When later this month Steve Padilla saunters through the revolving door at City Hall he will be greeted by those who have walked before him down the same trail.
Chosen over Jason Paguio by District 3 voters in November’s election, Padilla returns to the City Council dais as a councilman. He will be seated next to Mayor Mary Casillas Salas who returned to the City Council in 2012 after terming out in 2004. Casillas Salas, of course, parlayed her name recognition and experience into a successful mayoral bid half way through her third council term and eventually endorsed Padilla in his D3 bid after initially talking him out of applying for her vacated seat two years ago.
Another familiar face to Padilla, although perhaps not as welcoming, will be councilman John McCann’s. McCann, too, came back to the council chamber as a third term representative, having served his first eight years between 2002 and 2010 and then serving a stint on the Sweetwater Union High School District board of directors.
(McCann, incidentally beat Padilla by only two votes in 2014 when they ran against each other for the same seat.)
Padilla has co-goverened with both McCann and Casillas Salas — when he was mayor between 2002 and 2004 and the trio’s terms overlapped. The triumvirate is a familiar one to voters and residents of Chula Vista, as are the problems and challenges they campaigned to resolve over many years.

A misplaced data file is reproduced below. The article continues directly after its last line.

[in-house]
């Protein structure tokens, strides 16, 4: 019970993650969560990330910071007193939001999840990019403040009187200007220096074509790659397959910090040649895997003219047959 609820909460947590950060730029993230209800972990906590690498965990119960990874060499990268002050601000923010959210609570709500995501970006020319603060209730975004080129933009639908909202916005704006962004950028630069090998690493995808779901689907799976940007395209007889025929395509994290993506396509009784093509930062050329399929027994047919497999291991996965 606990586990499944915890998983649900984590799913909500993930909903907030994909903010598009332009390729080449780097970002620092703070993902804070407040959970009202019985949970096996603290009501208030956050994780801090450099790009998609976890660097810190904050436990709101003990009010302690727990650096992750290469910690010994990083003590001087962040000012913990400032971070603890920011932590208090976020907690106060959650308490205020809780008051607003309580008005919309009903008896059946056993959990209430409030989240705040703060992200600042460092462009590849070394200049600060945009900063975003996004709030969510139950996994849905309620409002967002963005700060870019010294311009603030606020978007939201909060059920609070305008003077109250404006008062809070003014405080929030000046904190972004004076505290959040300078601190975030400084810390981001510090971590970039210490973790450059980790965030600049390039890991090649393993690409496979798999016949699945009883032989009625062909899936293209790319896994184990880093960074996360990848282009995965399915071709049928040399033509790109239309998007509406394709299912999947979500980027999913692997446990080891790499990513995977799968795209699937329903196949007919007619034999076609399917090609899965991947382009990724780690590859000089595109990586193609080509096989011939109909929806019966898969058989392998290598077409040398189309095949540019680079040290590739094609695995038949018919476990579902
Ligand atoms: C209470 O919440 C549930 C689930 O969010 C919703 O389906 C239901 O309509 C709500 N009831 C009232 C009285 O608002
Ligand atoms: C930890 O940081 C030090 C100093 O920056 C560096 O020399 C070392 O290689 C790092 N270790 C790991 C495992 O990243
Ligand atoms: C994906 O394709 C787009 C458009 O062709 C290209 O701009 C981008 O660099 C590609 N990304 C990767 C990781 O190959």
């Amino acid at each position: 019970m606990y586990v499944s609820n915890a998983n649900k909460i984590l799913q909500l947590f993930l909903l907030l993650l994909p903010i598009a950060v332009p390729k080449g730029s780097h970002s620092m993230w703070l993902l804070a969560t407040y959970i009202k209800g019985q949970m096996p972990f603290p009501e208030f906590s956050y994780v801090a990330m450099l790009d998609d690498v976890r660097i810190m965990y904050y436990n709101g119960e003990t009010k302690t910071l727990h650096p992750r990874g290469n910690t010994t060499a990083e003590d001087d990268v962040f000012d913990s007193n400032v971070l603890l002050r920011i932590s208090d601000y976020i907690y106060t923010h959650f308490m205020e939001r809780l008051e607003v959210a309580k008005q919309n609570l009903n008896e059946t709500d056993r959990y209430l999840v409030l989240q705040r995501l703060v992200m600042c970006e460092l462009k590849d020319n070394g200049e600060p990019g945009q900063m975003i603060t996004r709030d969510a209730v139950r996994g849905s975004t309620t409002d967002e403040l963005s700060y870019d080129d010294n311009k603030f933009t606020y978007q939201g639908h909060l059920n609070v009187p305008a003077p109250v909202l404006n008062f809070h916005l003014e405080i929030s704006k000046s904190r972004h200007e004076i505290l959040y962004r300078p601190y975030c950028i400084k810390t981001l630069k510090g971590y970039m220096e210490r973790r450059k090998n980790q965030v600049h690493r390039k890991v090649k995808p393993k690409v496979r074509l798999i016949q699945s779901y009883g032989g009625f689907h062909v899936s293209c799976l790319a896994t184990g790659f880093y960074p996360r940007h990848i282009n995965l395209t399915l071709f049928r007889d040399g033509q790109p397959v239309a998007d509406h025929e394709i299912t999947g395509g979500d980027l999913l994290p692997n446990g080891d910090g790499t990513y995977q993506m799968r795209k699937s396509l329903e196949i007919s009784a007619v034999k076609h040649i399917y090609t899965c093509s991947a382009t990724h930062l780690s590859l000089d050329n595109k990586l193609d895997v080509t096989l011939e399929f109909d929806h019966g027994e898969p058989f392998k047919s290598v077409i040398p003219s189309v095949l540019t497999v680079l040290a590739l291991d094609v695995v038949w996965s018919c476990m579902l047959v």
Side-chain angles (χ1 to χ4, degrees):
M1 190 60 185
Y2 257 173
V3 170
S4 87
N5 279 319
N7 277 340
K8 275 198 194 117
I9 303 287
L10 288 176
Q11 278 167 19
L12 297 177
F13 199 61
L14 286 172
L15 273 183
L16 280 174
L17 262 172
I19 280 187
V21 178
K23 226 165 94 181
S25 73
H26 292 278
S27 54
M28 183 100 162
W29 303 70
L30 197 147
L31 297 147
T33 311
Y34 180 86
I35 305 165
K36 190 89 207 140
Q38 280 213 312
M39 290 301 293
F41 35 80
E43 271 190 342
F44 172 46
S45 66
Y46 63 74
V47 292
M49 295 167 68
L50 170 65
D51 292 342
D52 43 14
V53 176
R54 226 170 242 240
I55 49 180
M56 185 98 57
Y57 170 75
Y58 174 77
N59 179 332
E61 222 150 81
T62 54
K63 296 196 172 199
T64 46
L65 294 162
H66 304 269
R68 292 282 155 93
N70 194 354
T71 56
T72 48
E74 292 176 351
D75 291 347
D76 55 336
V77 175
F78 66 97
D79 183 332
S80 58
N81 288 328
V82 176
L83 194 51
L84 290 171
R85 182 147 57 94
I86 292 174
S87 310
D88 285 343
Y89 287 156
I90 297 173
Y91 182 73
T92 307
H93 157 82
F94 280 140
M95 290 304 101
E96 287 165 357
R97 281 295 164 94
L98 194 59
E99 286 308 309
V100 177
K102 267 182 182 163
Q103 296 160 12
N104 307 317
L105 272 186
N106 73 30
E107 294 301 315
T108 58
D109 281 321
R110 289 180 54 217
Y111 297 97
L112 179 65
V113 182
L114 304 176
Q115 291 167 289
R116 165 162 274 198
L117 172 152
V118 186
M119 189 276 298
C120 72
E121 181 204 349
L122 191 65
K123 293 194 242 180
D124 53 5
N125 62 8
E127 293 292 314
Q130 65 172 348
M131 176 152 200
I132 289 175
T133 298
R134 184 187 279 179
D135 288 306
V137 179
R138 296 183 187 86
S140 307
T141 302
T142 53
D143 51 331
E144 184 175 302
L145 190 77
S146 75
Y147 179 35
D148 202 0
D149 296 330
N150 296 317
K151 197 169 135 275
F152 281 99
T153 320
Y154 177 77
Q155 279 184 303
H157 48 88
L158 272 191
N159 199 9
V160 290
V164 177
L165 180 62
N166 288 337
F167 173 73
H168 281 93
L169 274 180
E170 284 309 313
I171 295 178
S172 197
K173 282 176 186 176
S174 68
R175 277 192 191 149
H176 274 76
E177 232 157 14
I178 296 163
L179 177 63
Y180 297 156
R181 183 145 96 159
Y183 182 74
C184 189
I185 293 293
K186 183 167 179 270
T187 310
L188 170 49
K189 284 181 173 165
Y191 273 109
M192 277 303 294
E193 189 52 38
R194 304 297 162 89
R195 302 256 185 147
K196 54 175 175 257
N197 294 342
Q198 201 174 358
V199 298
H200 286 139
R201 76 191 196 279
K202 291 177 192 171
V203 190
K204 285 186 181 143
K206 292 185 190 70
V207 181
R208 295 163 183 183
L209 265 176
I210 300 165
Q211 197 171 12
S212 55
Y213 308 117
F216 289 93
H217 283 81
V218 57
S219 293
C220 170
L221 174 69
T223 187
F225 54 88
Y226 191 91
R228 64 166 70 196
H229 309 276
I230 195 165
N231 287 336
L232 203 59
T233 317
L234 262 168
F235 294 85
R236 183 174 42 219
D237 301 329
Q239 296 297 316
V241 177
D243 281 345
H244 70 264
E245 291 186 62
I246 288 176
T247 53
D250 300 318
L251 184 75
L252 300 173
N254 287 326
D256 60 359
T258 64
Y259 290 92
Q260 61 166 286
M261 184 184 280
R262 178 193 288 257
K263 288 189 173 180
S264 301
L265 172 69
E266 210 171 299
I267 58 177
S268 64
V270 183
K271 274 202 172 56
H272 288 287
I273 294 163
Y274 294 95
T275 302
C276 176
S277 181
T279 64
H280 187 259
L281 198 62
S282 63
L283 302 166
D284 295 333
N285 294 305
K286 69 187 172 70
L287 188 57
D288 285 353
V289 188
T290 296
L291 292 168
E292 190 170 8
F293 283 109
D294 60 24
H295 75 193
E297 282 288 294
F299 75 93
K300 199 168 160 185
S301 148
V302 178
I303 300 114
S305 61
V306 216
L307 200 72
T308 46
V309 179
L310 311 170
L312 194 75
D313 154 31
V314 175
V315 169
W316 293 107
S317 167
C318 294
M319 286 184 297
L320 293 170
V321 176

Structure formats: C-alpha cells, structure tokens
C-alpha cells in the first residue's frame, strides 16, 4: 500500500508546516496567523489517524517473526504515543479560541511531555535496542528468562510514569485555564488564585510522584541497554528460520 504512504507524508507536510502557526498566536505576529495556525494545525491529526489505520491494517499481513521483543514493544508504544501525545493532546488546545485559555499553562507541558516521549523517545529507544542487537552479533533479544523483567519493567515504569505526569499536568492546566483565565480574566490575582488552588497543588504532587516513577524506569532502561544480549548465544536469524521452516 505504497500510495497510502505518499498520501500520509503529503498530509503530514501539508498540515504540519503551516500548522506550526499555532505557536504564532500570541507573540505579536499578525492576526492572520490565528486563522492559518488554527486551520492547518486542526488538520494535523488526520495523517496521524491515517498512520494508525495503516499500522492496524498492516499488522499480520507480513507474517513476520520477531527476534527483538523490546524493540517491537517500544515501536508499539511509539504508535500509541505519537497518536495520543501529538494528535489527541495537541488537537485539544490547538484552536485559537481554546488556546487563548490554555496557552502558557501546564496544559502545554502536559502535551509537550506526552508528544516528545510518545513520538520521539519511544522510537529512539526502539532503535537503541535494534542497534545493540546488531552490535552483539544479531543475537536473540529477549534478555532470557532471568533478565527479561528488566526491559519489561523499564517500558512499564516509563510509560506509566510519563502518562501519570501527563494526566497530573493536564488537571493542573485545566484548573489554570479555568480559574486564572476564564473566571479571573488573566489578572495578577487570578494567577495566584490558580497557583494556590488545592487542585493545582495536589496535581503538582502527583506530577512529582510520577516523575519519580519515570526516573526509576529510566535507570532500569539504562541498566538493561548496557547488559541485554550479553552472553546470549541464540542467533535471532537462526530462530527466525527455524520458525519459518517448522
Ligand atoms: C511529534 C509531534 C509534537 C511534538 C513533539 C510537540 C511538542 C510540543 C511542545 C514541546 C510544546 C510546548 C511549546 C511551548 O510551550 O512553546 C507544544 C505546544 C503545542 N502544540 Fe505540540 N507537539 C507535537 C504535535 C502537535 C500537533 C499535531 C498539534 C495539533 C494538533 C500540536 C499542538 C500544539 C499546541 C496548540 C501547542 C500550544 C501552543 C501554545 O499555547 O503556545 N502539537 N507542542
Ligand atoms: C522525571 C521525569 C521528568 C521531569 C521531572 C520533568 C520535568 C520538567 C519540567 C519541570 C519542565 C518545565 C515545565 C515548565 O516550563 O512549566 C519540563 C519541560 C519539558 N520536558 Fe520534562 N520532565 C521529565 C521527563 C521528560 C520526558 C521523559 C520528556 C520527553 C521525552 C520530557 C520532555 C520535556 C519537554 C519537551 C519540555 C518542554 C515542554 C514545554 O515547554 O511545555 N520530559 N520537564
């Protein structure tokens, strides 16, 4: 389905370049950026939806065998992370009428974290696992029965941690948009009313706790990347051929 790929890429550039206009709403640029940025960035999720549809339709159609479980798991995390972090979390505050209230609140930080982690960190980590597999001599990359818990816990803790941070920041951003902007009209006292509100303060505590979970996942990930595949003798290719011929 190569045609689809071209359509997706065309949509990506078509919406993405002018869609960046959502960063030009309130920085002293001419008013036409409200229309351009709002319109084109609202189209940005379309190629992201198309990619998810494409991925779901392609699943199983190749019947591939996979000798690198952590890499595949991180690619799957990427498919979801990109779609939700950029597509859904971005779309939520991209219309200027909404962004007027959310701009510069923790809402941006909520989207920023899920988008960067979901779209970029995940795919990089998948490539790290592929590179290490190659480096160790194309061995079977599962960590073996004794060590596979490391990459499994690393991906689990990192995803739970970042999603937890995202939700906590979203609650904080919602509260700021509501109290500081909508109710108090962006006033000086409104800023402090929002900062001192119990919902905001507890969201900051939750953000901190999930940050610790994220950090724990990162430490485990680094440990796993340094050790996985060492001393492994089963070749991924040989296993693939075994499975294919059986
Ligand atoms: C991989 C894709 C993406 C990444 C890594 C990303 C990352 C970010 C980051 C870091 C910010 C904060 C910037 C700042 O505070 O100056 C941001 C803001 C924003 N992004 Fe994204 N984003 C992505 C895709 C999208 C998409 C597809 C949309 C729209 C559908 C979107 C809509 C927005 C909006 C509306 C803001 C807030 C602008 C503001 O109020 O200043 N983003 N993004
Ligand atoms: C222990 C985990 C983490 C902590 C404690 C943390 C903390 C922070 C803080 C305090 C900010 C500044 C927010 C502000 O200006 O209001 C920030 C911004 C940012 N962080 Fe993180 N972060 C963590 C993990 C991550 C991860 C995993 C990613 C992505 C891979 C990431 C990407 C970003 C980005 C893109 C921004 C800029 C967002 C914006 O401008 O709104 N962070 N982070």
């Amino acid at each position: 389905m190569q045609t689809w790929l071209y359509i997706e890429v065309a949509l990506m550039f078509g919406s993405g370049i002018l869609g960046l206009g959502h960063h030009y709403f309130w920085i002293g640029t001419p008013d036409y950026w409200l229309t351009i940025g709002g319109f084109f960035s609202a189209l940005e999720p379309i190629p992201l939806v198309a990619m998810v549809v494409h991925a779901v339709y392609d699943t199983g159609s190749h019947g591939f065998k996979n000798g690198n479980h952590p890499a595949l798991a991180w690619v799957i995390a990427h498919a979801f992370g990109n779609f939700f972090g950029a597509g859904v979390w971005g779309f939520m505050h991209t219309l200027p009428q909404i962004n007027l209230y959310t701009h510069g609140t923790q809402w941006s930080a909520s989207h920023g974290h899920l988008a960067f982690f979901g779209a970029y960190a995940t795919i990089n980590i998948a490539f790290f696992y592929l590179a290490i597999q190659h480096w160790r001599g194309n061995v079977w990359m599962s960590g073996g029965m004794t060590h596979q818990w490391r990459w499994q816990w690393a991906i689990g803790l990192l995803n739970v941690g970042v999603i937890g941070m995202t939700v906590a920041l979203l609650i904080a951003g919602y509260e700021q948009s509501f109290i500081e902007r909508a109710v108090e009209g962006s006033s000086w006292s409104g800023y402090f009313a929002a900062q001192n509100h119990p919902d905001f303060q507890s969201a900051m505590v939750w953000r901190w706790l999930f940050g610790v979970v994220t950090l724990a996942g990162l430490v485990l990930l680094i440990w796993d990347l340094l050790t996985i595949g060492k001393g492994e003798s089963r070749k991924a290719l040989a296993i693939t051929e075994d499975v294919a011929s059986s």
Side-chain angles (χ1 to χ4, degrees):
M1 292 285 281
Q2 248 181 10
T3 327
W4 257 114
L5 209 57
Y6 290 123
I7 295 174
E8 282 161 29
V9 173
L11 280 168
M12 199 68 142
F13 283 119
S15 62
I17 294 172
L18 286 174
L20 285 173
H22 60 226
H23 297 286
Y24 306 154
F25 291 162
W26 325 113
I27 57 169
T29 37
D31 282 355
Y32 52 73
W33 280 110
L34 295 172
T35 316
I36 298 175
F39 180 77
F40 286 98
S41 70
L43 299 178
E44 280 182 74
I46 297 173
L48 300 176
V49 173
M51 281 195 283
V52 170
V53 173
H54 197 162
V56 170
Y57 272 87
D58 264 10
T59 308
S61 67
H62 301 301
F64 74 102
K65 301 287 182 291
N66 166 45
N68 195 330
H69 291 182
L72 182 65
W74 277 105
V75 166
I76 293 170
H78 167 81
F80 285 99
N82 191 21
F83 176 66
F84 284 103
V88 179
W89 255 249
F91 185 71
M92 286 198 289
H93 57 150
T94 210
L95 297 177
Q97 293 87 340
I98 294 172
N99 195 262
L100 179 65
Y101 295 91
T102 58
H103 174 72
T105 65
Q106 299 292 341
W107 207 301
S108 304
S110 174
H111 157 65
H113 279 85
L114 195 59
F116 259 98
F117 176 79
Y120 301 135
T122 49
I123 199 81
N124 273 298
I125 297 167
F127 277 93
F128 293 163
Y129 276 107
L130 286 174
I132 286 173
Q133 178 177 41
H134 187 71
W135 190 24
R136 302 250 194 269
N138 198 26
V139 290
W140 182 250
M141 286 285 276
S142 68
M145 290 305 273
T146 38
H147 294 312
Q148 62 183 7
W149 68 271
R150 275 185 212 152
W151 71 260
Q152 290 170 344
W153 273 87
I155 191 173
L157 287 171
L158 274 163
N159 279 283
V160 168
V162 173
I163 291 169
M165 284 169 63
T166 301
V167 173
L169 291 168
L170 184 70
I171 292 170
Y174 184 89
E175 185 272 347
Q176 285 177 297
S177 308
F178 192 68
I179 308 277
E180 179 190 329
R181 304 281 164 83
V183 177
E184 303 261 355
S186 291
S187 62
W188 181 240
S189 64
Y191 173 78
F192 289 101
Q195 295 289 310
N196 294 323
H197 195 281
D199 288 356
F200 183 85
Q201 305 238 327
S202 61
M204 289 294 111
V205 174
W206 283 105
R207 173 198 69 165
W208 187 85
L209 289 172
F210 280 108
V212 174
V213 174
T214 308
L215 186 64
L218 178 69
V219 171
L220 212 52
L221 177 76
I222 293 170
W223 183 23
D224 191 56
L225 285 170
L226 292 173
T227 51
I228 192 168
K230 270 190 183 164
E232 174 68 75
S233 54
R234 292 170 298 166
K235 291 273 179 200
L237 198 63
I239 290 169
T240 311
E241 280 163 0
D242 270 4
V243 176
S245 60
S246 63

Chula Vista continues to export the bulk of its workforce to cities outside its boundaries — to San Diego, for example, where there is a wider variety of careers to be had and even the minimum wage ones pay more because the City Council there mandated a higher pay rate for the people who work there.
Commuter traffic still clogs stretches of South County freeway and streets while infrastructure maintenance has been lacking (although Casillas Salas did successfully campaign for a tax increase to be used to pay for repairs).
The promising bayfront development no longer languishes amid environmental and industrial hurdles but the days of having a vibrant economy along the water — one where people in hotel, tourism and service industries are earning a comfortable living wage — are still a long way off.
University development in the east part of the city still plods along inches at a time, although housing developments such as Millennia are making robust progress.
And finally, roughly 12 percent of Chula Vista’s estimated 265,757 residents live in poverty, a figure that has not significantly changed for the better in recent years.
But who knows, maybe this time Padilla, McCann and Salas will have all the answers and solve all the problems.